I slept for about an hour. When I got up, she was wandering to the bedroom, and I walked into the living room. Two dark, irregularly shaped wet spots stained the couch where she had been laying. I was bit ticked, and asked her aloud, “Have you started peeing on the furniture? What the hell did I do to tick you off?” But, I went over to investigate, and when I sniffed the spots, they didn’t smell like cat urine. Anyone who has cats knows what cat urine smells like, especially if an angry kitty has decided to punish their keeper. This was not urine, and I was puzzled.
Right as I was about to turn around to find her, I heard her retching back toward the bedroom. Sure enough, she had vomited in the utility room. I knew I had a sick cat on my hands. I petted her, cleaned up the mess, petted her again, and she slowly ambled off. Like most sick animals, she went to her den (the dark place between the couch and the wall) to weather out her stomach problems, venturing forth ever so often. She threw up two more times that night, once while my television buddy was there. We both figured she’d gotten into the trash or something and eaten something bad. Normal cat behavior. She’d be better tomorrow.
Unfortunately, she wasn’t. She continued to vomit, growing weaker each day. I was a little shell-shocked because when the critters got sick, they got better – just as humans do. If they don’t, you take them to the vet, and the vet makes them all better. I took Shakira to the vet three times over six days, and she grew weaker and weaker despite her treatment.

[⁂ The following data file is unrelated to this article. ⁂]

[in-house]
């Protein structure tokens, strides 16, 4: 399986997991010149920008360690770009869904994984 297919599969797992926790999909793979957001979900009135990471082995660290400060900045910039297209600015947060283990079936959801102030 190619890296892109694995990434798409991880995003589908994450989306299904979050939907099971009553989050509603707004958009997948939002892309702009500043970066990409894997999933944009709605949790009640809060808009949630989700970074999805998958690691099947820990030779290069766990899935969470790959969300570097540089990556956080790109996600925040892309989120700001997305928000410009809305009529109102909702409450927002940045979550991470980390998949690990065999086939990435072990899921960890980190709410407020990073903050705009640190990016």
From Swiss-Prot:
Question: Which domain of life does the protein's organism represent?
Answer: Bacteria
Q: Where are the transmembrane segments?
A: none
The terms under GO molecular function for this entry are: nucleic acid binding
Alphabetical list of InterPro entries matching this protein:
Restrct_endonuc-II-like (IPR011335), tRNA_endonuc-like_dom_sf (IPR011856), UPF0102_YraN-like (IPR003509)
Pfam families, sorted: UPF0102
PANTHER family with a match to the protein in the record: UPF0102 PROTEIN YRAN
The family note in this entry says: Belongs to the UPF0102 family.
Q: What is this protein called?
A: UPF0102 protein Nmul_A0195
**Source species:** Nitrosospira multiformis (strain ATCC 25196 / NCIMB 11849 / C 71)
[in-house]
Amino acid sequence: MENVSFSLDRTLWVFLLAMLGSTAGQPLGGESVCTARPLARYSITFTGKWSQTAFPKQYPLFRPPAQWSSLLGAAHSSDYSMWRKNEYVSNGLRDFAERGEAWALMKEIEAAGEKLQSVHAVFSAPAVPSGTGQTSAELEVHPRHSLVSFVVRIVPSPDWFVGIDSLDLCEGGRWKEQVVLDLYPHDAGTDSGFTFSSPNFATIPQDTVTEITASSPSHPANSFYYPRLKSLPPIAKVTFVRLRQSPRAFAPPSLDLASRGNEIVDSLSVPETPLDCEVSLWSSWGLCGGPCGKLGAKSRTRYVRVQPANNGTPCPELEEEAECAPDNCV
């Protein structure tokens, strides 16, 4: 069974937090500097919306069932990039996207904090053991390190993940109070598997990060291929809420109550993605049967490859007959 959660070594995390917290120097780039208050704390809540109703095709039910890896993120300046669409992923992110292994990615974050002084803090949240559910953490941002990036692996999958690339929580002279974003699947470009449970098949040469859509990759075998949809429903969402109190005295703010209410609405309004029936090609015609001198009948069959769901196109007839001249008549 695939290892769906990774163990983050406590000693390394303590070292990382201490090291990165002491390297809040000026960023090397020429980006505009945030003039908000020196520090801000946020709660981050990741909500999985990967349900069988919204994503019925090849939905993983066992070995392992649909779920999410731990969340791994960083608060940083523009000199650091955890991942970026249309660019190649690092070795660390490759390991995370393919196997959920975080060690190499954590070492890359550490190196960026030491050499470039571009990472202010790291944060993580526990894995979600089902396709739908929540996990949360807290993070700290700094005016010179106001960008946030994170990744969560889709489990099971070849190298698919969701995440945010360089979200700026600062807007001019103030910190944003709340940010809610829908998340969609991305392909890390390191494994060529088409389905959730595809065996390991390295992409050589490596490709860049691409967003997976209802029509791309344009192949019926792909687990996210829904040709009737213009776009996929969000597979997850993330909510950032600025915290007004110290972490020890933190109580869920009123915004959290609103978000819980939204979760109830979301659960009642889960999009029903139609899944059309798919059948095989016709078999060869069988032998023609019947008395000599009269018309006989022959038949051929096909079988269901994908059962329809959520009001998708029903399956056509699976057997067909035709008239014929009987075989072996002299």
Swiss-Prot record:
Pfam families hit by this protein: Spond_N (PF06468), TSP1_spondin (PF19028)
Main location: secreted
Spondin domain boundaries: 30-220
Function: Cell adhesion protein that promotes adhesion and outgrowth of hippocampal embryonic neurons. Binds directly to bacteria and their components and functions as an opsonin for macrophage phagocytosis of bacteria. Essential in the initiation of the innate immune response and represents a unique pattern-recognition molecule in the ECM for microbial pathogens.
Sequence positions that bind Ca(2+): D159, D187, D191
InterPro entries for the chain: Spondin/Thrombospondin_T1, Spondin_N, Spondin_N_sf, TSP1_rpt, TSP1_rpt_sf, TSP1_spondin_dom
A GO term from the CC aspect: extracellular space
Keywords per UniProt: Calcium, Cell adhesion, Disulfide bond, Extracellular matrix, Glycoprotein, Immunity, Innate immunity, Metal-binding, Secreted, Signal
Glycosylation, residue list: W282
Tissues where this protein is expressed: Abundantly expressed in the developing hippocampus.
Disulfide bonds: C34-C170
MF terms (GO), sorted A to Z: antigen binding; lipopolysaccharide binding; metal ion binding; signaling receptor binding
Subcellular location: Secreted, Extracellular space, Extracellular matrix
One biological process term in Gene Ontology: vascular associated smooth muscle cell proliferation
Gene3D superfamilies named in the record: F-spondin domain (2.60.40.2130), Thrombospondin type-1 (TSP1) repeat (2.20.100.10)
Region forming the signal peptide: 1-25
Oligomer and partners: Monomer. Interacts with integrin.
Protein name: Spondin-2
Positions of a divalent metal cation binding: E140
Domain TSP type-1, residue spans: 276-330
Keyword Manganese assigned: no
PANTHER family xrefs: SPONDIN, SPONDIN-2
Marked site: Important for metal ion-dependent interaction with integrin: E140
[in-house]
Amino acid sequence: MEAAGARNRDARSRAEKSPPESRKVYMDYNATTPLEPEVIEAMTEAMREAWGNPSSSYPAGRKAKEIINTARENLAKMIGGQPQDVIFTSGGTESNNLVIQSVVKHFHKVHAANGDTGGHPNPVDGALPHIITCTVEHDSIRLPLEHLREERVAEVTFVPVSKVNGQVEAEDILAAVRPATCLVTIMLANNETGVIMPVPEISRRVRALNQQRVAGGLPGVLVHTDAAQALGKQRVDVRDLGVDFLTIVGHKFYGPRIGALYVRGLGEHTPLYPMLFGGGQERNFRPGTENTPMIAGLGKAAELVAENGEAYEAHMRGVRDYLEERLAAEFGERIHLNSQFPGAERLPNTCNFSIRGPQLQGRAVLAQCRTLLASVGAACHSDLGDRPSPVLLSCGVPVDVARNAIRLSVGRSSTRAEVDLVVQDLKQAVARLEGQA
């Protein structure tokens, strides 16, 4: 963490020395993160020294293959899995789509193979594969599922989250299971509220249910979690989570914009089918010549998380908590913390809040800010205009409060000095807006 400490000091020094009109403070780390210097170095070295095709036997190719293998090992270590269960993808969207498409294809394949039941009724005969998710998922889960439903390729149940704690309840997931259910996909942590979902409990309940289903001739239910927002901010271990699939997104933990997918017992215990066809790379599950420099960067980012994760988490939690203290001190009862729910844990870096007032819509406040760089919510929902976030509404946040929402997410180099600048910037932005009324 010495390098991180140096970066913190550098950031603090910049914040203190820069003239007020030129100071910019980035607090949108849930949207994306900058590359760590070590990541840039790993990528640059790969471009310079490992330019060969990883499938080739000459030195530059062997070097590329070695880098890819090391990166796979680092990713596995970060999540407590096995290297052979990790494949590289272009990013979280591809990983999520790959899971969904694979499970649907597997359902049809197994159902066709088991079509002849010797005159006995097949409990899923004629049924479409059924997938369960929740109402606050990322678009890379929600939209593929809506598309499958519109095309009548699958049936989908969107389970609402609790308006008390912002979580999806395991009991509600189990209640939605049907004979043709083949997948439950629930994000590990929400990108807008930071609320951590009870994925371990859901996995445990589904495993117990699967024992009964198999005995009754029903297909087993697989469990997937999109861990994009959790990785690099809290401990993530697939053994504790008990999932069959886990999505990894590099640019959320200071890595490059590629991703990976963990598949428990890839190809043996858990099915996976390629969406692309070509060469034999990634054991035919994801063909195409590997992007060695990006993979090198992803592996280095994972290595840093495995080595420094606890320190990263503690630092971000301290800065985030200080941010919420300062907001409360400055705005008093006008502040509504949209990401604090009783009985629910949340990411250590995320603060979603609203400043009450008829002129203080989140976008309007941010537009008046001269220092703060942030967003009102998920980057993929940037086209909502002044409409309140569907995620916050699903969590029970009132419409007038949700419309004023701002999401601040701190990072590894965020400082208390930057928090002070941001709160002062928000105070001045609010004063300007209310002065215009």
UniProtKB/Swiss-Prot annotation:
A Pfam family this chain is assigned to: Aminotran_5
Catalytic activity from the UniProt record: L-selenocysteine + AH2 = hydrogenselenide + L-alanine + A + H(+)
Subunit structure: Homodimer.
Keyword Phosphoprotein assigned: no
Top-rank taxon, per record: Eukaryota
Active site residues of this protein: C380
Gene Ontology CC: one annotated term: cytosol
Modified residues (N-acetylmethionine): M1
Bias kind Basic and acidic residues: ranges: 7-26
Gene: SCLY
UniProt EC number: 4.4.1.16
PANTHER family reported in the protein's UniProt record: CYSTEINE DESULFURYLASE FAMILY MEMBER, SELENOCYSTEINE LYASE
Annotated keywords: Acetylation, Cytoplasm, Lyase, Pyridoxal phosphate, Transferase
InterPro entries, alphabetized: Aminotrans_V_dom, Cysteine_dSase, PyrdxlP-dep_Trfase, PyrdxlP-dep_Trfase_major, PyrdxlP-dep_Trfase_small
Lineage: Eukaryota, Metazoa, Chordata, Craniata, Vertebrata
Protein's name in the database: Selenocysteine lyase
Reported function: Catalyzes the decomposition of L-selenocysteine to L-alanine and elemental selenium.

Thinking back, two possible causes jump to my mind. I’d put some cream cheese in her dish, which she normally ate rather quickly, but had failed to do so that time. So, I wiped it up quickly, and instead of washing the dish as I should have, I dumped some dry food in there. There was just enough cheese that when I investigated the dish after the first vomiting spell, I found a little mold on the bottom of the dish and some of the food. The other possibility is that she could have gotten hit with the same thing that killed so many pets who had eaten pet food from China. Lots of stuff in KSA comes from China, and I had bought her a small can of Purina’s Fancy Feast Tuna and Ocean Fish (something like that) at the compound store. It was meant to be a treat for my tuna loving cat, and she scarfed it down in nothing flat.
Over the last seven days, her symptoms have included vomiting, a period of no urine, complete loss of appetite, extreme lethargy, constant thirst the last few days (she’d lay with her chin in the water and resting on the side of the bowl), badly aching joints and painful movement, tremors, and a lack of fight. Twice she walked into a running shower and just stood there as if she was suffering from a form of dementia. I moved her out of the shower as gently as possible.
Yesterday, I decided to take her to the vet one more time. This time, she didn’t fight me to go into the carrier. I knew right there, in my gut, things were over. Shakira hated cat carriers, and it was like fighting a wolverine to get her into one. Yesterday, she just slipped inside. When I brought her home, I tried once again to get her to eat; but she was having none of it, no matter what I did. I woke up several times during the night to check on her, and it was always worse. I called my wife this morning and told her that this would be the day, that if she lived until the vet’s office opened this evening, I would have her euthanised, something I probably should have done yesterday. She spared me that uneasy trip and spared herself the trauma of dying in a place she didn’t know or like.
I’ve lost a good companion. She may not have liked anyone else, but she liked me. I was her human, and I was her protector. Unfortunately, I couldn’t protect her this time. It’s hard not to feel crappy about that.
Goodbye, Shakira. I will miss you.
Powered by ScribeFire.